To Open Oneself Up to the Question of Psychic Suffering Outside Labels
In Bulgaria, the encounter of applied psychoanalysis with the field of protection and welfare for children and families, that which marks the creation and the path of the Child and Space Association, demonstrates a singular logic of social inclusion. A logic whose starting point is the subject, the child that finds itself in difficulty in its relation with language and its own body. This logic has brought myself and my colleagues from the Child and Space Association and the Bulgarian Society of Lacanian Psychoanalysis to name, recognise and accompany the psychological suffering of children and adults wherever we encounter it – in the implementation of policies in practice, most often under the label of a medical diagnosis, a form of delinquency and conflict with the law, an extreme form of segregation and ethnic marginalisation.
The reception of children and young people in closed institutions – we are talking here about homes for children and young people suffering from mental retardation – highlights the following fact: that their exit from the former institution begins, rather than completes the process of deinstitutionalisation. Children and young people who bear the mark of difference under the label of “mental retardation” put the community to the test: is it willing to accept them?
Through the various working forms that we organise, we try to introduce the clinical dimension into this discourse, which defines the subject as “child at risk”, “child with special educational needs”, “child in conflict with the law”. This approach opens up the question of psychological suffering. The notion of “psychological suffering” gives us the possibility of naming the difference of the child without stigmatising it with the term “risk” or “delinquency”, and to do so outside any medical diagnosis. In this way, we can help professionals and parents who care for the child to shift away from what seems to them unbearable in their relation and in their work with the child.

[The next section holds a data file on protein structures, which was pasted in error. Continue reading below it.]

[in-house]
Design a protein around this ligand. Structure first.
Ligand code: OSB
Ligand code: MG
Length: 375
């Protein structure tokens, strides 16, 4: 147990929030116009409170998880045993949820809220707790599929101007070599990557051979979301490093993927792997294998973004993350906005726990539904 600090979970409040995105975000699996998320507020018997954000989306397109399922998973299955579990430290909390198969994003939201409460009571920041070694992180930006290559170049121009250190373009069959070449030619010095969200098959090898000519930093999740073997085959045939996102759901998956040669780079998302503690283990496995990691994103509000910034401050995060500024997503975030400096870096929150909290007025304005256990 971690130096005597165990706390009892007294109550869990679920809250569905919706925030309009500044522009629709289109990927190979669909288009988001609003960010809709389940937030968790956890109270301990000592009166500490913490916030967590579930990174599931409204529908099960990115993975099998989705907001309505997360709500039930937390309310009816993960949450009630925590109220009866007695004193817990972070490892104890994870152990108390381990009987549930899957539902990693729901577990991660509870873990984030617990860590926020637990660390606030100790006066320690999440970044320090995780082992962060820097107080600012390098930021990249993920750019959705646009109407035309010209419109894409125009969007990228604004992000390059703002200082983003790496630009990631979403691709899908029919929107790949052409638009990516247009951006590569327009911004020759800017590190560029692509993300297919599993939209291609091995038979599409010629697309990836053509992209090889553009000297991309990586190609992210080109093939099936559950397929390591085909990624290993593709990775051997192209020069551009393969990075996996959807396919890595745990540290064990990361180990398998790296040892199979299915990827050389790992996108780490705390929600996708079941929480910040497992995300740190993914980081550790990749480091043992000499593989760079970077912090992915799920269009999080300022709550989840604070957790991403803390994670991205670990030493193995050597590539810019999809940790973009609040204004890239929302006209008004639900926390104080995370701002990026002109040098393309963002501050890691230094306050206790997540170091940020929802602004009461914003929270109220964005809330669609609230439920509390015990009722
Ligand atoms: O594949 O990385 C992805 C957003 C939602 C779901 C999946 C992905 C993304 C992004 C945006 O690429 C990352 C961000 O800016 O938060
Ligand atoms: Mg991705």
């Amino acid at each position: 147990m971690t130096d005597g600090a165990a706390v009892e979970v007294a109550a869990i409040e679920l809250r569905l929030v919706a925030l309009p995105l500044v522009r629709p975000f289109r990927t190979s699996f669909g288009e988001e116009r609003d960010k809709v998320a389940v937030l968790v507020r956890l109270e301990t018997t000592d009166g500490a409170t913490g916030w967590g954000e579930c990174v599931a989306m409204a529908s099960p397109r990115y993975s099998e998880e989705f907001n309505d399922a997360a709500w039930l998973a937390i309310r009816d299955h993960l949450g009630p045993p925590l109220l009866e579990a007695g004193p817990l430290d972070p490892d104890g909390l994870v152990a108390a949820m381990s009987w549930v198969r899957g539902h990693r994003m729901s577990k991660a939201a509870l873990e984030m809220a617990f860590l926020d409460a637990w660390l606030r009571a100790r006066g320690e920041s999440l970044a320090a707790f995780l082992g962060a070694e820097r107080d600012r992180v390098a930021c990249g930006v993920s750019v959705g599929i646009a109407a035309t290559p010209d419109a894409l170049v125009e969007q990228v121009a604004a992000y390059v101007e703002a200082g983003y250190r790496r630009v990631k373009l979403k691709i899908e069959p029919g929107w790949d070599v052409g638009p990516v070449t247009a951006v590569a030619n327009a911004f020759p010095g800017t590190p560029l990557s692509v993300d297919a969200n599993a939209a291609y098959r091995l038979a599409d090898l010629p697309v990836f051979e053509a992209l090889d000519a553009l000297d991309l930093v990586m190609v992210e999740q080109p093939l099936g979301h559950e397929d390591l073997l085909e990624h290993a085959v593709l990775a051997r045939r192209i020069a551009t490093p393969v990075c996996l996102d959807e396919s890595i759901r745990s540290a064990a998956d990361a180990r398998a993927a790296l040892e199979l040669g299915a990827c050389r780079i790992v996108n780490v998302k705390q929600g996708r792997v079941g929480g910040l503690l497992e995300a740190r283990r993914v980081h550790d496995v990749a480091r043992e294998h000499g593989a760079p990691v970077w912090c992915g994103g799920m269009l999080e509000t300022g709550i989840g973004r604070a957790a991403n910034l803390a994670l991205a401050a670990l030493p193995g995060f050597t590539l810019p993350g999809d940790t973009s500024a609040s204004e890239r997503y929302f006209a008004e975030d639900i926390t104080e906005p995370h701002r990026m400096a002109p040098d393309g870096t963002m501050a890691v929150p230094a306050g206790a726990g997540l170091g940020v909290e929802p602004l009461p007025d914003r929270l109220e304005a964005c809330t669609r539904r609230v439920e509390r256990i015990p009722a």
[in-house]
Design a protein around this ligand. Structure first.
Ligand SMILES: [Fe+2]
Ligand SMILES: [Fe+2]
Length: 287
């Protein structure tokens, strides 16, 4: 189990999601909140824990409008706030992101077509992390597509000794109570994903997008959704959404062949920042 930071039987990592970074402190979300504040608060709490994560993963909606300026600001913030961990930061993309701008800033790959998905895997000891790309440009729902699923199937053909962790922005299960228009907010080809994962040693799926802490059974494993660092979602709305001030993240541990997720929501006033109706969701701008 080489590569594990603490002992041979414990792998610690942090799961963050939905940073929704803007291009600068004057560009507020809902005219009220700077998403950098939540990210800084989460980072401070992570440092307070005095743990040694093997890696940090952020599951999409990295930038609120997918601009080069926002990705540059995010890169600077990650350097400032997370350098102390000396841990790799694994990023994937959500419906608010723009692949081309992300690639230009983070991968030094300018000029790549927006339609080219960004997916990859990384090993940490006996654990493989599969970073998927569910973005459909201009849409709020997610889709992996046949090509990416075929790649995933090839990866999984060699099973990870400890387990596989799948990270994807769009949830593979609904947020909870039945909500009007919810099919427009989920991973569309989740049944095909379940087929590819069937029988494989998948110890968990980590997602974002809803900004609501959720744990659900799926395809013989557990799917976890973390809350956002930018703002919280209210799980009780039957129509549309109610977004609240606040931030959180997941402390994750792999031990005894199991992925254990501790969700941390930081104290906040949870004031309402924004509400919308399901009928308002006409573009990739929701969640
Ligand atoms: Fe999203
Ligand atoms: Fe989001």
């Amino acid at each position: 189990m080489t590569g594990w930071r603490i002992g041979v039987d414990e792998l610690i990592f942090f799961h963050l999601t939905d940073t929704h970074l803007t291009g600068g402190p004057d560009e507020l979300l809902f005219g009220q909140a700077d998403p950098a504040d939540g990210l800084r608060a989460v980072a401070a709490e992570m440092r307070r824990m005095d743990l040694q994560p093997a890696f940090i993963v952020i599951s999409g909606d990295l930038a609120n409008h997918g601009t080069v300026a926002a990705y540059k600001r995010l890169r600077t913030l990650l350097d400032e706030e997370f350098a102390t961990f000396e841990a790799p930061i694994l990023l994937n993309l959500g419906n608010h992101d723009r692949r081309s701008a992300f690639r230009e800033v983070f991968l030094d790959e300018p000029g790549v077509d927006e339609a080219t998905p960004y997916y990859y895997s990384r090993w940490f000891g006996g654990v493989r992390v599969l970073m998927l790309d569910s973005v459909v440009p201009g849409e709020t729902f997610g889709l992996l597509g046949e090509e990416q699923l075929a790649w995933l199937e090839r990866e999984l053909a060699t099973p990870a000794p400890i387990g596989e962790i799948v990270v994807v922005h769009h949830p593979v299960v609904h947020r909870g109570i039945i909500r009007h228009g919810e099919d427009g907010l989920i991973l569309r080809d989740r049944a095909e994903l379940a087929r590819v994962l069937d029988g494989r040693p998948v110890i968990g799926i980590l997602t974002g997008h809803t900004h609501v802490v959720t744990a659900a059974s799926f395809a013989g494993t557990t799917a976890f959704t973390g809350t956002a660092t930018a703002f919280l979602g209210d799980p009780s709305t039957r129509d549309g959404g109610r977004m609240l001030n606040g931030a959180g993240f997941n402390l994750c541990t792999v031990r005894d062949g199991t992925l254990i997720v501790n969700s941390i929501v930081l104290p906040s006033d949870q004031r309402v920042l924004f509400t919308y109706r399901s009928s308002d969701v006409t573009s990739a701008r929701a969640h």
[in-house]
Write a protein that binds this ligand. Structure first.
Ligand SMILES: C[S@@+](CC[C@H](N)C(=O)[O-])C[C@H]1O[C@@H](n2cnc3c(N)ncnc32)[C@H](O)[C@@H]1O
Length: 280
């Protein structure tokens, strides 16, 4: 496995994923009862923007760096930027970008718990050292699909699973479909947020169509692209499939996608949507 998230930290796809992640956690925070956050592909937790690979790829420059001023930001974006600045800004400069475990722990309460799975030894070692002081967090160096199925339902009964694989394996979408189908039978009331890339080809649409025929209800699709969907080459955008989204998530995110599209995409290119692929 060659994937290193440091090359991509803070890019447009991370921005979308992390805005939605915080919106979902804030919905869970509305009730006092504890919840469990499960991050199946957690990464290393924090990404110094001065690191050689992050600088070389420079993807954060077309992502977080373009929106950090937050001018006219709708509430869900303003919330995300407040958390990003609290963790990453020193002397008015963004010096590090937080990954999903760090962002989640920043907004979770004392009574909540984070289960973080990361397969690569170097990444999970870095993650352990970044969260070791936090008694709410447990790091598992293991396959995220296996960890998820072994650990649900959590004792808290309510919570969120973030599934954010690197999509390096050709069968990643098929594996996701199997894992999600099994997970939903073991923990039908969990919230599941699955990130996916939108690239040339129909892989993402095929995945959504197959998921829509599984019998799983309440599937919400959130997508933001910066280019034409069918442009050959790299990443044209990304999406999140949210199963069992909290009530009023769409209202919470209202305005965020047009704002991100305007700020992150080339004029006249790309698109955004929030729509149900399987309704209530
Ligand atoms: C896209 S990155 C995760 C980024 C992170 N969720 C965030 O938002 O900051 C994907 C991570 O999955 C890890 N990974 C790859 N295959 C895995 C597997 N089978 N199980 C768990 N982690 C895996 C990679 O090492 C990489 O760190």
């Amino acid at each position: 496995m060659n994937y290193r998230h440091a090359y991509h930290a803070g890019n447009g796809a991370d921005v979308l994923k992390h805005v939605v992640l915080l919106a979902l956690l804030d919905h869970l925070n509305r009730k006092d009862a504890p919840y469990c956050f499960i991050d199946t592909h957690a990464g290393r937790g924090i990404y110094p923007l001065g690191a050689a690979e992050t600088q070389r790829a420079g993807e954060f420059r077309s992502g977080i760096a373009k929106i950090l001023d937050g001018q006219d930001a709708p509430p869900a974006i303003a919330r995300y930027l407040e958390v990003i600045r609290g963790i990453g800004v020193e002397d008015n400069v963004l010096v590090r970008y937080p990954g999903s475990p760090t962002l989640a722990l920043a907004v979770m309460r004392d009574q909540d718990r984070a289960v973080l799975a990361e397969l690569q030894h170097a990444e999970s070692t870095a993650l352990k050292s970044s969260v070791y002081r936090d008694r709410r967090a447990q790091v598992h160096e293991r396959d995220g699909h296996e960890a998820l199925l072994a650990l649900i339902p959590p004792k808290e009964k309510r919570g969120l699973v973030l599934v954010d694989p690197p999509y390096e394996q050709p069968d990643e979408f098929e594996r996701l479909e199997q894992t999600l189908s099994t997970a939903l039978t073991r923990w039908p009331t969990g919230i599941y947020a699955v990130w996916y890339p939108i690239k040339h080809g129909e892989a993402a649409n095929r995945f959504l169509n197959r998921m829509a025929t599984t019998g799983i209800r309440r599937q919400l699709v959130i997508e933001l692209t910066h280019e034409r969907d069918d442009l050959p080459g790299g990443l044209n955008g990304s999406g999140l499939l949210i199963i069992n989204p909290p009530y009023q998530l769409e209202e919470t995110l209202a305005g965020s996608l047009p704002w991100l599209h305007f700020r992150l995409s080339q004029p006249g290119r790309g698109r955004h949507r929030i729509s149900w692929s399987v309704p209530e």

As we know from our clinical work, the language of the other – words – can endanger the physical integrity of the suffering subject. Very often, when social and educational experts encounter more radical behaviours, routine leads them to ascribe these to manipulative tendencies, hypocrisy or stubbornness (“constant demands to have their every wish satisfied”, “insults”, “attention-seeking”, etc).
Our working experience at the centre for rehabilitation and social integration, Child’s Corner in Roussé, the Psychological Support Centre in Sliven and the research centre CIEN The Child and His Symptoms, shows us that the inclusion of a child requires us to maintain a position. One which entails not shrinking from the real, not shrinking from the unbearable linked to the child who is at risk of exclusion and not shrinking from the crisis arising out of the way the modern family functions. In this effort, how can we support the various professionals in their encounters with these children whose mental balance is fragile and who manifest varying degrees of psychic suffering?
Translated by Janet Haney and John Haney